Other States May Follow New York State, California Efforts, Analysts Say
Amid news that California and New York are poised to enact minimum-wage increases to $15 an hour, the AP reported on similar efforts in Illinois, Massachusetts, Michigan, New Jersey, Oregon, Rhode Island, and Washington state. According to the story, “even economic experts who oppose the increased rate see it gaining momentum.” The various proposals, sparked by the “Fight for $15” campaign that originated among fast-food workers, face stiffer resistance in “more conservative and rural states in the South and the Midwest,” the AP said. Similarly, a Wall Street Journal analysis said that movement toward a $15 an hour minimum wage in New York and California could impact proposals in other states, particularly because New York and California contain 18% of the total US labor force. According to the Journal, when New York and California approved minimum wage increases in 2013, 14 states did the same a year later, and most at least matched New York’s $9 an hour. Additionally, other high-profile corporations have starting boosting wages, including Wal-Mart and McDonald’s, the Journal noted. Currently, New Jersey’s legislature has a pending $15 minimum wage bill, while campaigns are ongoing for ballot initiatives to approve a $15 minimum wage in Washington State, Maine, and Colorado.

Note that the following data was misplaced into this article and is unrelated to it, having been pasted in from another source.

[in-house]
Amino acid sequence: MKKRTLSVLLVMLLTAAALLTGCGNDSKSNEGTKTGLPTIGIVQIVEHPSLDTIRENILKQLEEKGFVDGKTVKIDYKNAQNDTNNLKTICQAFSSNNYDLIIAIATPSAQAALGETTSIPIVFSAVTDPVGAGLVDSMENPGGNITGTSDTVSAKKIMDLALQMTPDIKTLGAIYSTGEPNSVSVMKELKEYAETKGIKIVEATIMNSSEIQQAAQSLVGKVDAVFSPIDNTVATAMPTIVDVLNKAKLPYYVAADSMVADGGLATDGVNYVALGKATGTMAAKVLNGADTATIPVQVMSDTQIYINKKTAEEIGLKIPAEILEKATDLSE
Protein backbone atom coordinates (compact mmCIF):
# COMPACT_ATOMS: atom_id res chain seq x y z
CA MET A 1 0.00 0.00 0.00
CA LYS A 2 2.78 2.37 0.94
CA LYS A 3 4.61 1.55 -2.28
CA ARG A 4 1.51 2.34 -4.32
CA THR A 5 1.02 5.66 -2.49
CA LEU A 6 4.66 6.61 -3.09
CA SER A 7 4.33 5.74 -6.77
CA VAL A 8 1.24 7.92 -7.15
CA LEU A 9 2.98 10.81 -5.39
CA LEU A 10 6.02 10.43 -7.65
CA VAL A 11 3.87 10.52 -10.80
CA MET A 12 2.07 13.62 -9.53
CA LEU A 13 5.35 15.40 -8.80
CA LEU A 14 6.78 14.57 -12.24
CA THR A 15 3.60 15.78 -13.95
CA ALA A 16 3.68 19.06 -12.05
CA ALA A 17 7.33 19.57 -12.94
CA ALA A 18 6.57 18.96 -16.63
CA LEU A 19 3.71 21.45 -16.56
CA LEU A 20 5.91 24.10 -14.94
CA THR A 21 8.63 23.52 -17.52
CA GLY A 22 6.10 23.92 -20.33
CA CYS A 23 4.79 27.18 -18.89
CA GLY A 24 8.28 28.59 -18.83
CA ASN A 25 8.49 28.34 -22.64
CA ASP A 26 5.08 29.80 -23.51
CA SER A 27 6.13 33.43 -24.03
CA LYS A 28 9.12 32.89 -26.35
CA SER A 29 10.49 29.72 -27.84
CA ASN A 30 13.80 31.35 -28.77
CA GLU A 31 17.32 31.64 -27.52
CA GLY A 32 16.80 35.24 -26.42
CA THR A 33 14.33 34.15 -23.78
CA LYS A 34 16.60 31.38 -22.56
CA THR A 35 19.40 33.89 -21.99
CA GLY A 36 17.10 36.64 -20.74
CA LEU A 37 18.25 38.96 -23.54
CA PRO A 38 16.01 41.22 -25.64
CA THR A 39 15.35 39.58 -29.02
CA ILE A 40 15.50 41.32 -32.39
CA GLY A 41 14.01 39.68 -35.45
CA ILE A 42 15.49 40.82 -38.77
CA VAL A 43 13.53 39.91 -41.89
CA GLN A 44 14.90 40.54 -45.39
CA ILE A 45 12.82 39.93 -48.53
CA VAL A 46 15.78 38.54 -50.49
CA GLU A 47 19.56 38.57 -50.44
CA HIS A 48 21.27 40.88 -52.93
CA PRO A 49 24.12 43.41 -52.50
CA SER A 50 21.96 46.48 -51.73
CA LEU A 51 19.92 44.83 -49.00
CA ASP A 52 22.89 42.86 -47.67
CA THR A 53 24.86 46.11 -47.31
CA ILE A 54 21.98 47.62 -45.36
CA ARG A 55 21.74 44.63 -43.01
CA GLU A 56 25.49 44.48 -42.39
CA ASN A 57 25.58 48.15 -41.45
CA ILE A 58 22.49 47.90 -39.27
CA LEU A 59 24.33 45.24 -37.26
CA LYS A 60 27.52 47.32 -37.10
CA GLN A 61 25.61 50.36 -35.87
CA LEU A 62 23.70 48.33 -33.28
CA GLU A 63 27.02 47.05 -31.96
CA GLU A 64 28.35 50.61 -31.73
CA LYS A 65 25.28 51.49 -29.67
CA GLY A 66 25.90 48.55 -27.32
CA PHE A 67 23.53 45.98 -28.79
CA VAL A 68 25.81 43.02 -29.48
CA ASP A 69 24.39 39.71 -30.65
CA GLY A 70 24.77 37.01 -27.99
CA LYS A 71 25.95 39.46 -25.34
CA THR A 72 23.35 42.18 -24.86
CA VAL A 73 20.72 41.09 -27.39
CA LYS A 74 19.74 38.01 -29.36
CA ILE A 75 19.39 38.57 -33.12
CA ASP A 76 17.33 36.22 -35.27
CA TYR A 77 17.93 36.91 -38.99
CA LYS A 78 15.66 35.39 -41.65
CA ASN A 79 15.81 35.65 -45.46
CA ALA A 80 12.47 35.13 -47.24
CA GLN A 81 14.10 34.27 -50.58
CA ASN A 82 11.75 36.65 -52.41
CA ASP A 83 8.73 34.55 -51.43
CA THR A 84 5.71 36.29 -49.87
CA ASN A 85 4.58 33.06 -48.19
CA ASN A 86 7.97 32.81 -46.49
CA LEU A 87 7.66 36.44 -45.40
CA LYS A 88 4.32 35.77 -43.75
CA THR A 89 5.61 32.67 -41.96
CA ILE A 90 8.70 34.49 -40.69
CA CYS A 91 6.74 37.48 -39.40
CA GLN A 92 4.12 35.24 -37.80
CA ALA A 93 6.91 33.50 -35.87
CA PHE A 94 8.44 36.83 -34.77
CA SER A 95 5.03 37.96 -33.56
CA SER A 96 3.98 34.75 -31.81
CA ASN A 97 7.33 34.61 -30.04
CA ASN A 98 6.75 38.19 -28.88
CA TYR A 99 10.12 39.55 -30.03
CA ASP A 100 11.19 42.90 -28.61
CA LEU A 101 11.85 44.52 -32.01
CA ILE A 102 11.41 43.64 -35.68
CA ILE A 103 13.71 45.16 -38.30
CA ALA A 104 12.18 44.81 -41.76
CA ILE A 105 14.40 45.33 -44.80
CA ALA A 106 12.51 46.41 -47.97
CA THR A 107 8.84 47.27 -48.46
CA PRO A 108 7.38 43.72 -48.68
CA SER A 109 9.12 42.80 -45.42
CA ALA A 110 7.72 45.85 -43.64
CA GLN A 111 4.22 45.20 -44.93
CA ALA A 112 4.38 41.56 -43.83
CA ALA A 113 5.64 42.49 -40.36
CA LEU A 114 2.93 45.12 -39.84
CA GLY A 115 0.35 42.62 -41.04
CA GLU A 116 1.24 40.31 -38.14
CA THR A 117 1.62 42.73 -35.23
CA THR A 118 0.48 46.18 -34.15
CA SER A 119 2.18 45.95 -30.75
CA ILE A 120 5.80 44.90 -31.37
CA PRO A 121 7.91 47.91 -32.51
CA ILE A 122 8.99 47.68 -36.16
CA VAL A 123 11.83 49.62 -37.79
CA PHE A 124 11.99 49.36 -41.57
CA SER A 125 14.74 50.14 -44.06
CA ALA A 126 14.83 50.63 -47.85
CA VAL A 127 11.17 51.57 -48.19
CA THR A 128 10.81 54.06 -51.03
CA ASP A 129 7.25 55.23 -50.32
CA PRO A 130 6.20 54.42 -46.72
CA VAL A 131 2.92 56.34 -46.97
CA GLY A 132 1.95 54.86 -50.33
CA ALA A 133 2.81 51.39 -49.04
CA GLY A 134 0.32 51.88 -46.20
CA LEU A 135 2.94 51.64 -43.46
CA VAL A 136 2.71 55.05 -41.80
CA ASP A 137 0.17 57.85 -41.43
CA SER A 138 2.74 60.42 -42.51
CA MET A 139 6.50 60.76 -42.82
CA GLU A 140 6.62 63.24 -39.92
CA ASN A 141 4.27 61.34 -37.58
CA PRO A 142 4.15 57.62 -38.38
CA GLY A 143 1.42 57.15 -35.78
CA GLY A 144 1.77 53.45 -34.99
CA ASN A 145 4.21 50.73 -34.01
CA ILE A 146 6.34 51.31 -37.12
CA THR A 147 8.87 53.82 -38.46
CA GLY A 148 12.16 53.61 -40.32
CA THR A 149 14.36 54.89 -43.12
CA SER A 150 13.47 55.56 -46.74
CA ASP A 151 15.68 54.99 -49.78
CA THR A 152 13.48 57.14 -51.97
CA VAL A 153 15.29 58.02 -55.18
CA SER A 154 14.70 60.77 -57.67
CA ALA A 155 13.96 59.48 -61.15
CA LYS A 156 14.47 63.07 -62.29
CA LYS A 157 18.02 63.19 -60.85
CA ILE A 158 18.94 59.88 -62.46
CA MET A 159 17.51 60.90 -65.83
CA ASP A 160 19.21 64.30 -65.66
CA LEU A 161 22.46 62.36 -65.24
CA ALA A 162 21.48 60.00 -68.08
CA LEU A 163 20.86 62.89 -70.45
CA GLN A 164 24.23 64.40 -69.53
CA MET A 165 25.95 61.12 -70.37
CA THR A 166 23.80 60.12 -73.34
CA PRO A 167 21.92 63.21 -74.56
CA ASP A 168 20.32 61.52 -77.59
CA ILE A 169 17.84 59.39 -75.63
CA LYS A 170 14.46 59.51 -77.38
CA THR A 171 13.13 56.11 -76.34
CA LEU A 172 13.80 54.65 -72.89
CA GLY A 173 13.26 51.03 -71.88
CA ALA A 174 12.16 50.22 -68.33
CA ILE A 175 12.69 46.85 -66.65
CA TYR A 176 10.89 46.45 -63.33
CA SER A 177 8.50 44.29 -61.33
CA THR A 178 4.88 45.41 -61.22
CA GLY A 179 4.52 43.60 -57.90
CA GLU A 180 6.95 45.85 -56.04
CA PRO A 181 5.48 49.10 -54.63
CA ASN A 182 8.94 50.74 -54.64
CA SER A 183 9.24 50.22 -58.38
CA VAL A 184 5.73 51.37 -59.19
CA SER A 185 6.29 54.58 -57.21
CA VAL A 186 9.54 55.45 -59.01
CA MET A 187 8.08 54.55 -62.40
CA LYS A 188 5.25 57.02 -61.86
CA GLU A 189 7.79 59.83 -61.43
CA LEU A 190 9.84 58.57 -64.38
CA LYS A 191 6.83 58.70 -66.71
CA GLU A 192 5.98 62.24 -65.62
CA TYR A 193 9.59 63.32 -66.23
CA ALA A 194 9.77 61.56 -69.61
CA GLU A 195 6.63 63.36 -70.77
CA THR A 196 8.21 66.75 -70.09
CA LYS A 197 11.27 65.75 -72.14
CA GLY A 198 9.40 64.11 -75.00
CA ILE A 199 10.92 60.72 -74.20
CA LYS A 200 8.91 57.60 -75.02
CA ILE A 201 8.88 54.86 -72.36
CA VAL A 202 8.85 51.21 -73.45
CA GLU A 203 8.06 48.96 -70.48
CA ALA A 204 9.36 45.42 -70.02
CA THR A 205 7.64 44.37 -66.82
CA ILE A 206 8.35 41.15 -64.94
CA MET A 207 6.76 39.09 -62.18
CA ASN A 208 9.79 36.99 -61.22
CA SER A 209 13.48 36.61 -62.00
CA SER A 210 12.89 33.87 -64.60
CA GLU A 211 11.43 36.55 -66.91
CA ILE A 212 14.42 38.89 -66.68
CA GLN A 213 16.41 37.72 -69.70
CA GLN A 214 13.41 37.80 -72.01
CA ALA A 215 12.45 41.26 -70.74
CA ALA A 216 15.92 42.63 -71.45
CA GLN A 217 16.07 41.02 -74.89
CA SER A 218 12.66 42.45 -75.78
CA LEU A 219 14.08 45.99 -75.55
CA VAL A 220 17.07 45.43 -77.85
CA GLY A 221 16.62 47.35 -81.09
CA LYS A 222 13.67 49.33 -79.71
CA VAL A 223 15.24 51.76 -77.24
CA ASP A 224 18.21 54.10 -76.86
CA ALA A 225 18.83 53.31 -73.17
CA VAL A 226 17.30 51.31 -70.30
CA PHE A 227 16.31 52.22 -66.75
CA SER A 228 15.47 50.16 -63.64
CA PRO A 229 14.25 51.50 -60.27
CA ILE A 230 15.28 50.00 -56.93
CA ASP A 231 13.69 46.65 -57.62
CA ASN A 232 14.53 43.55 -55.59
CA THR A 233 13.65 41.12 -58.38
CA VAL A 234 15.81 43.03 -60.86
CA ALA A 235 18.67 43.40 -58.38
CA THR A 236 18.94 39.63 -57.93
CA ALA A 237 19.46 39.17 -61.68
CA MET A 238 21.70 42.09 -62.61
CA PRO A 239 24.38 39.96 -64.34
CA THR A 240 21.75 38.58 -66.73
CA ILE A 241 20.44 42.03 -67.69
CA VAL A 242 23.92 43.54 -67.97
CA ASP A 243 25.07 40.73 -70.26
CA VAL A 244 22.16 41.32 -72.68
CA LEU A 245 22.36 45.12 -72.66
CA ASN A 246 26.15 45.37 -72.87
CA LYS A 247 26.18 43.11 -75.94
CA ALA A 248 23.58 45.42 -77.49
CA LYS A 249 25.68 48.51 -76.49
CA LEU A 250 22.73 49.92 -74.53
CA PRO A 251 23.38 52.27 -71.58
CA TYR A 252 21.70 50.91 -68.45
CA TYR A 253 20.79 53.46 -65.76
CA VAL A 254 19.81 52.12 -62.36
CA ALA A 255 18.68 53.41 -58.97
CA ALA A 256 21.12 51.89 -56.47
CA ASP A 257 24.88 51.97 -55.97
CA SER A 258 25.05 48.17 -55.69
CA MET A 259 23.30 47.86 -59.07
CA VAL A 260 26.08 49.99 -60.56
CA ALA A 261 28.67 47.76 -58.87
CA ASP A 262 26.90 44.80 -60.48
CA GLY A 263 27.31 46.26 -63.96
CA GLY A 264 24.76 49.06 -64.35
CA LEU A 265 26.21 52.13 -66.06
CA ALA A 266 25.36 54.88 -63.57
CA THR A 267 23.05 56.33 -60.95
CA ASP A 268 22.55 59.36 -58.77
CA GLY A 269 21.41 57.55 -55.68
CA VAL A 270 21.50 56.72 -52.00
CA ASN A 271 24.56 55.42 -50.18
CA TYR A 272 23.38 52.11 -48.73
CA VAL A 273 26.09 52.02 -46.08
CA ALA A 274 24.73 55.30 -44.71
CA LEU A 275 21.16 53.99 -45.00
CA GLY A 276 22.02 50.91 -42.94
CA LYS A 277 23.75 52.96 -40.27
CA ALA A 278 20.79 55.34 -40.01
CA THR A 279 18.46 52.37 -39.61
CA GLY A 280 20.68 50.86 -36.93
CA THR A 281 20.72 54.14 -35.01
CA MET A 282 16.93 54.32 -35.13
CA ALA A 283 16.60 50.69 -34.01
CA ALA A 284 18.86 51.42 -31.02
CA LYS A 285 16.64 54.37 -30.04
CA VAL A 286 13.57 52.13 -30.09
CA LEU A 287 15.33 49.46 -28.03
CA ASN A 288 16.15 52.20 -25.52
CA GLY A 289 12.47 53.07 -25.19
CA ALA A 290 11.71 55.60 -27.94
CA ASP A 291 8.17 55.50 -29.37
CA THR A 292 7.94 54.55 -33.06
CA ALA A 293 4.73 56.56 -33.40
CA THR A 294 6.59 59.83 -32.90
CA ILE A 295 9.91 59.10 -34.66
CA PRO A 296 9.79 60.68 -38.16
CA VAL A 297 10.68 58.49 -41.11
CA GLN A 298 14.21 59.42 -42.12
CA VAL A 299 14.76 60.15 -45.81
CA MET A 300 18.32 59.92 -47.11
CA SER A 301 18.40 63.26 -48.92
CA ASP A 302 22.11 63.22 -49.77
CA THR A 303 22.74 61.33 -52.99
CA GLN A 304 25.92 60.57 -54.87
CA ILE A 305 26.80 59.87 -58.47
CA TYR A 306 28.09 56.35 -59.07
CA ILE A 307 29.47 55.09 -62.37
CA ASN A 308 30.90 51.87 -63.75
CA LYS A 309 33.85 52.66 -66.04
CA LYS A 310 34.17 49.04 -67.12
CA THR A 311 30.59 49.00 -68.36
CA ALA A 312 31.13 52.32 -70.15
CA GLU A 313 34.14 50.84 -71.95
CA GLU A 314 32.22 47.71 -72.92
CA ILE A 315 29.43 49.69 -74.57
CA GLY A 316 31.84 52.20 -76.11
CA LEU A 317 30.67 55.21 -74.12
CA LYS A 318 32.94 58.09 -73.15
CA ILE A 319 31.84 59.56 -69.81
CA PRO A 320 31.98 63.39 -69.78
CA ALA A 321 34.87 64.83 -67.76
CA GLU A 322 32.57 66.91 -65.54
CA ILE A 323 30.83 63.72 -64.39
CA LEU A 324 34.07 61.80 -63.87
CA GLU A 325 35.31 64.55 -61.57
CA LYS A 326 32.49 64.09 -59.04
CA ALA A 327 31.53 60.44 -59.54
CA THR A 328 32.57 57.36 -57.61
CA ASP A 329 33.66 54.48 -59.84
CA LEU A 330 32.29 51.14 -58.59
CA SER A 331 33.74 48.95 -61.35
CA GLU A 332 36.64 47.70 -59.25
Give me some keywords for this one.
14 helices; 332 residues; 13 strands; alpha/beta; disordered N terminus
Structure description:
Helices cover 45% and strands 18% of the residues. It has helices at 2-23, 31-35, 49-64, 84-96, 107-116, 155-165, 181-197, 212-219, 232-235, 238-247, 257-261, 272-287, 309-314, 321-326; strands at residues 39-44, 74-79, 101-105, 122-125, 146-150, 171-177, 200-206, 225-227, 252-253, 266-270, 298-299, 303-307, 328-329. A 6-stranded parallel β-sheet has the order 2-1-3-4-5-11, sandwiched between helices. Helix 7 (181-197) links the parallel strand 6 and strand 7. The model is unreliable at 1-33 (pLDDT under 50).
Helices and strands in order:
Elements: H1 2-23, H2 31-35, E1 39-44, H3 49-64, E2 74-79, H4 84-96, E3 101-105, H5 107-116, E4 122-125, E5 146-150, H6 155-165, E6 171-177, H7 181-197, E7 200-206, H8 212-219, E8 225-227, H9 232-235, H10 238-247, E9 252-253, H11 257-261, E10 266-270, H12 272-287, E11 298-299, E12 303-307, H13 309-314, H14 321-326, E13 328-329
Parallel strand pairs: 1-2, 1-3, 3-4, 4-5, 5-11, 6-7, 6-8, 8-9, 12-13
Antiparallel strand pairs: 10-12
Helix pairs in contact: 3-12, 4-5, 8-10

What This Means For Small Businesses
Small businesses should be worried about the imposition of costly wage hikes across the US as states attempt to compete for labor with California and New York. Wage increases would drive up the costs of doing business for small business owners, forcing cuts in employee hours, layoffs, and higher prices for consumers. As NFIB California director Tom Scott said to the AP in response to the wage increase legislation signed there, “Ignoring the voices and concerns of the vast majority of job creators in this state is deeply concerning and illustrates why many feel Sacramento is broken.” Sadly, California is just one example of a trend of government placing election-year politics ahead of job creators.
The Christian Science Monitor also examined possible wage hikes across the US.
Note: this article is intended to keep small business owners up on the latest news. It does not necessarily represent the policy stances of NFIB.